The term “the empire on which the sun never sets” means an empire so vast that it transcends different geographical areas so that the sun always shines on its territory. The phrase was popularly used in the 17th, 18th, and 19th centuries when the Spanish and British Empires were the greatest empires on earth. The term meant that due to the sheer expanse of an empire, with territories in all corners of the globe, the sun was shining on at least one part of the empire.
The Spanish Empire
Initially, the term was used in reference to the Spanish Empire, which at its height was among the largest empires the world had ever seen, occupying an estimated 9.20% of the world’s landmass. Modern countries that were once under the Spanish Empire include virtually all countries of the Americas including the United States, Mexico, Chile, Cuba, Brazil and Argentina, the Philippines in Asia, and numerous African countries. The wide distribution of these territories over the planet, from the Philippines in the east to Chile in the west, made it plausible that the sun never set on the Spanish Empire. The empire started crumbling after its most important colonies in the New World either gained self-rule or fell under the dominance of the British Empire. By the late 20th century, the last of the colonies in Africa had gained independence, and this was the last blow in the decline of the vast Spanish empire.
The British Empire
But it was the British Empire that became synonymous with the term, and with good reason. The world is yet to see an empire that eclipses the British Empire regarding its sheer size, with the empire giving true meaning to the word “global superpower.” At its peak, the British Empire covered an area of 13.71 million square miles, translating to 23.84% of the world’s landmass. The empire had its presence felt in all of the world’s inhabited continents in the Americas, Europe, Asia, Oceania, and Africa. Inspired by the success of the Spanish Empire in the 16th and 17th centuries, the British followed suit and started establishing colonies of its own. The independence of its most important colony; the United States in the 18th century signaled the start of the empire’s decline. Even then the immense size of the British Empire was not rivaled and was still home to an estimated 412 million people or 23% of the then global population in 1913. However, the two world wars of the 20th century made sustaining of the vast empire a tasking and expensive venture. Many of the colonies also demanded independence from the British Empire, and by the late 20th century, the British Empire had ceased to exist.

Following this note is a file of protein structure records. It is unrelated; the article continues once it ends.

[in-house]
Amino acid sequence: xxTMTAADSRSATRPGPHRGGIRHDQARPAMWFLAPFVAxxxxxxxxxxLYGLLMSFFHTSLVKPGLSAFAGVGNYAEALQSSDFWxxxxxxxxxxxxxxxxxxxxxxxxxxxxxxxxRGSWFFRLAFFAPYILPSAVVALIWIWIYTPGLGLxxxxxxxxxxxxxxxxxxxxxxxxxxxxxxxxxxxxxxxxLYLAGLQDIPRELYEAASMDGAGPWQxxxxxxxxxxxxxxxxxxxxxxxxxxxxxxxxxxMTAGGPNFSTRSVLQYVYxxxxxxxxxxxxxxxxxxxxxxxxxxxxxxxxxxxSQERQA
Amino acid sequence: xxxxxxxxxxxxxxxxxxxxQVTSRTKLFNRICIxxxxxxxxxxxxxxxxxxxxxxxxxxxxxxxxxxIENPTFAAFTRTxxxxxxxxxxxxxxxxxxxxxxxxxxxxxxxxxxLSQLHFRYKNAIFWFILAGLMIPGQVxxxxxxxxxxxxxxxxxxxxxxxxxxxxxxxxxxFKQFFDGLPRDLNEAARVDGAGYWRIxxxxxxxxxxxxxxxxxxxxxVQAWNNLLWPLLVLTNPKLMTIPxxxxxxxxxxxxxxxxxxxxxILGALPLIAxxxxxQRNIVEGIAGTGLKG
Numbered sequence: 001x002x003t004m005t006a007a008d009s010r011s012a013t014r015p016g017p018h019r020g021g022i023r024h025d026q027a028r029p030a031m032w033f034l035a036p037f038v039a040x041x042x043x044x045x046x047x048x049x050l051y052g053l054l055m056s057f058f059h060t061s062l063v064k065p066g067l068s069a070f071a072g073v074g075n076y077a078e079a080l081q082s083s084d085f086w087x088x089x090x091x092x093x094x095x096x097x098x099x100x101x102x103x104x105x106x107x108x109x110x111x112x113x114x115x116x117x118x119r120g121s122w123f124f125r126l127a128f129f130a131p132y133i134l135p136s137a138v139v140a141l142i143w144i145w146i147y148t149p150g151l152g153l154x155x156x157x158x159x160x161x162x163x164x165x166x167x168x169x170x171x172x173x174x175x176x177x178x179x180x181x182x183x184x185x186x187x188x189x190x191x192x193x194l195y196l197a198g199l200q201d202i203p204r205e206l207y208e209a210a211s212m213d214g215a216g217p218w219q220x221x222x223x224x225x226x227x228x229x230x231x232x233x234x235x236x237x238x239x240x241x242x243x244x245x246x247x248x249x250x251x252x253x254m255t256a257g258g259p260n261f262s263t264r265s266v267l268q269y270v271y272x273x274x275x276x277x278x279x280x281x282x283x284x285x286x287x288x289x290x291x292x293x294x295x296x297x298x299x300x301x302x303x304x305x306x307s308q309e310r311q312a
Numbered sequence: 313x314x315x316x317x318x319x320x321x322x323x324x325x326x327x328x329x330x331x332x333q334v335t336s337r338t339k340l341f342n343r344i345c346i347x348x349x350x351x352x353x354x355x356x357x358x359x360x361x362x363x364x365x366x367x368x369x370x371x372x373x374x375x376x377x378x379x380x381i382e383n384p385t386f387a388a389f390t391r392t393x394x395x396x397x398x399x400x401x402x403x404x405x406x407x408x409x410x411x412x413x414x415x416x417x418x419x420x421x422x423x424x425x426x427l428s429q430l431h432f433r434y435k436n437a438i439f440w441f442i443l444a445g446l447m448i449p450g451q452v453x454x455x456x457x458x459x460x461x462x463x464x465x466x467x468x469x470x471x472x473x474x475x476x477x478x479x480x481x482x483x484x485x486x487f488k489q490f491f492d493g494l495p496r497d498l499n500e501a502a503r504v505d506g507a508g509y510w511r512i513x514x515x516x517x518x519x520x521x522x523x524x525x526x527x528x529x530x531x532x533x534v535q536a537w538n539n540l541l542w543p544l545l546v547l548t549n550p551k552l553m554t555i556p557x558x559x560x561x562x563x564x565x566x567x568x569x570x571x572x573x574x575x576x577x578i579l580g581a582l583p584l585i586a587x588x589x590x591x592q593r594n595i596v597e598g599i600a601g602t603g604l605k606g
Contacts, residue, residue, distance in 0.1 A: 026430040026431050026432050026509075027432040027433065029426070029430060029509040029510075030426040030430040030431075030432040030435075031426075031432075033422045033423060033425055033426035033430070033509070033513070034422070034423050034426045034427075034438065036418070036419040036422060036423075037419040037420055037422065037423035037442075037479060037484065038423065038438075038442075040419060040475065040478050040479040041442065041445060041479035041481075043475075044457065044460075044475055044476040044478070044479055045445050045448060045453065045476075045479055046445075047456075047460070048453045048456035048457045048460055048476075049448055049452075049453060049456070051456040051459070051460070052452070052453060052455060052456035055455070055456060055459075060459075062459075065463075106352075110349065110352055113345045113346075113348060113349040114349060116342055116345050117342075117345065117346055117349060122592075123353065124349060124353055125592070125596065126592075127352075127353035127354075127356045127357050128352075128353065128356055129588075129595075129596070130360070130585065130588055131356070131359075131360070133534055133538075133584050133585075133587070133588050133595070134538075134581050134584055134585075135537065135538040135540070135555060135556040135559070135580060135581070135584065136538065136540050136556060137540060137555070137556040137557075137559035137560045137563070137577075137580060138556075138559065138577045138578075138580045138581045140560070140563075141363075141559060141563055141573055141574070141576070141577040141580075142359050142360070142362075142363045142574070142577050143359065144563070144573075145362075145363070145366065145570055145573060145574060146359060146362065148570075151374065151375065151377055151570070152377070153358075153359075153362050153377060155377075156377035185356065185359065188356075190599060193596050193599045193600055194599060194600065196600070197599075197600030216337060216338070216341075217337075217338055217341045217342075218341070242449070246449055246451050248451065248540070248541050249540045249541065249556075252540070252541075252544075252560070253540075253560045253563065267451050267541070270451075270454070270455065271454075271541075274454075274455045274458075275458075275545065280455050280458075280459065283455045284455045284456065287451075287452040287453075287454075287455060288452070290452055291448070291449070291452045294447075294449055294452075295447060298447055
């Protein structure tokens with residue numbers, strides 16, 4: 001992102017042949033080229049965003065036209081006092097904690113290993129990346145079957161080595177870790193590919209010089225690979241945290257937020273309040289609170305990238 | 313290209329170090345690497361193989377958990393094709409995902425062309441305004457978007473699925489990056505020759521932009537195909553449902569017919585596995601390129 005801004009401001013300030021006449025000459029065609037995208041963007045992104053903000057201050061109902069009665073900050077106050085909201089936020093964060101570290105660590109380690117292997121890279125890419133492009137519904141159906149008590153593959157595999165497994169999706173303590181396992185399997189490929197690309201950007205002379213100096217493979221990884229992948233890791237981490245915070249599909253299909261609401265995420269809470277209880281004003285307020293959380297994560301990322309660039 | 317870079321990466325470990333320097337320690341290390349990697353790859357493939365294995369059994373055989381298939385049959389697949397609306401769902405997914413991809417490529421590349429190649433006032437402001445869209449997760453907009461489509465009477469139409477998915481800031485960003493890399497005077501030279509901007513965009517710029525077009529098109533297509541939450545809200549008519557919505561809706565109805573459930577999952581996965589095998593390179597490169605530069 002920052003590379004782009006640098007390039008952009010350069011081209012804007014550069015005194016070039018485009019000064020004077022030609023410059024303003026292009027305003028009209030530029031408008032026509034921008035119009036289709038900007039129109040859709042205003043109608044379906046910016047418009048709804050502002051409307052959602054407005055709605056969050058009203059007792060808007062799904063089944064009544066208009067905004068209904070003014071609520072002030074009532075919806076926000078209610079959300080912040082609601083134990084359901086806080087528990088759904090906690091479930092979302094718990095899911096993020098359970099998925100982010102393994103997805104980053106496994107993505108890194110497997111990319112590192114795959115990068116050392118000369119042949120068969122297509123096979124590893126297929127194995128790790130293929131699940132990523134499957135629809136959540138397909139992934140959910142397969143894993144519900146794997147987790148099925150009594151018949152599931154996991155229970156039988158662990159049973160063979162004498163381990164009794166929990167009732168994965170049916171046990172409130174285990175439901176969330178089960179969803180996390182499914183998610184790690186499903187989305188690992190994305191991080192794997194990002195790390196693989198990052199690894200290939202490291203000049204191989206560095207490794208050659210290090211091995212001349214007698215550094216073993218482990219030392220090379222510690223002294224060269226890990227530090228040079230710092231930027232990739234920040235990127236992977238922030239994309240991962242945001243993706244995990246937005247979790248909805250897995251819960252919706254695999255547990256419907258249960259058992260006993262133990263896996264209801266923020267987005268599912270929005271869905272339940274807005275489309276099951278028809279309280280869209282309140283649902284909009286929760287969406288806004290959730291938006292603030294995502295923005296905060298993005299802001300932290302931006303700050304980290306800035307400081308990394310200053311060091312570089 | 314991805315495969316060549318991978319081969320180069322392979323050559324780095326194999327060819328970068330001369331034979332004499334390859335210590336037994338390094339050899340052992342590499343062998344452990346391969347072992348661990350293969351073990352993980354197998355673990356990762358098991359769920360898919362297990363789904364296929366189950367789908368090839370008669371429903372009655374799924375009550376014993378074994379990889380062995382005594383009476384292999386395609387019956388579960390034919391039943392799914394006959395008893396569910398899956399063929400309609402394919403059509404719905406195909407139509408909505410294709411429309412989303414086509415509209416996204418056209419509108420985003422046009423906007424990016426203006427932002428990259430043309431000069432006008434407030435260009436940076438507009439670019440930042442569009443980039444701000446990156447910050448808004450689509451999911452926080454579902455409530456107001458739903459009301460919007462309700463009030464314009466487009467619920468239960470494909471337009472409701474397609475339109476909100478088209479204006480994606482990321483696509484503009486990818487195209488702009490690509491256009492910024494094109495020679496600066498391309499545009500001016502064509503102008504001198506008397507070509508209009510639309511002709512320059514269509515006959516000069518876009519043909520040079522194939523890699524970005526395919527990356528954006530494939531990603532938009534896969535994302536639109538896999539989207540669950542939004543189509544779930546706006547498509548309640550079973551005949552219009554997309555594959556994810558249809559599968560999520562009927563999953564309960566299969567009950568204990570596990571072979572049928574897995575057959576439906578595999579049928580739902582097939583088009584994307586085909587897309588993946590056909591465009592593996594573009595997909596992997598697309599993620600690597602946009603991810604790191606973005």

Legacy of the EmpiresThe great global empires might have ceased to exist, but their relevance certainly has not. The impact these major global empires had in the world is still felt to this day, decades after their collapse. Even in its demise, the influence of Spanish Empire can still be felt in the architecture, law, language, and sports of its former colonies. As a testament to this fact, Spanish remains the world’s second most popular language. The influence of the British Empire is even more profound, with English being the world’s most famous language, and the majority of the world’s governments borrowing heavily on the British government and legal system.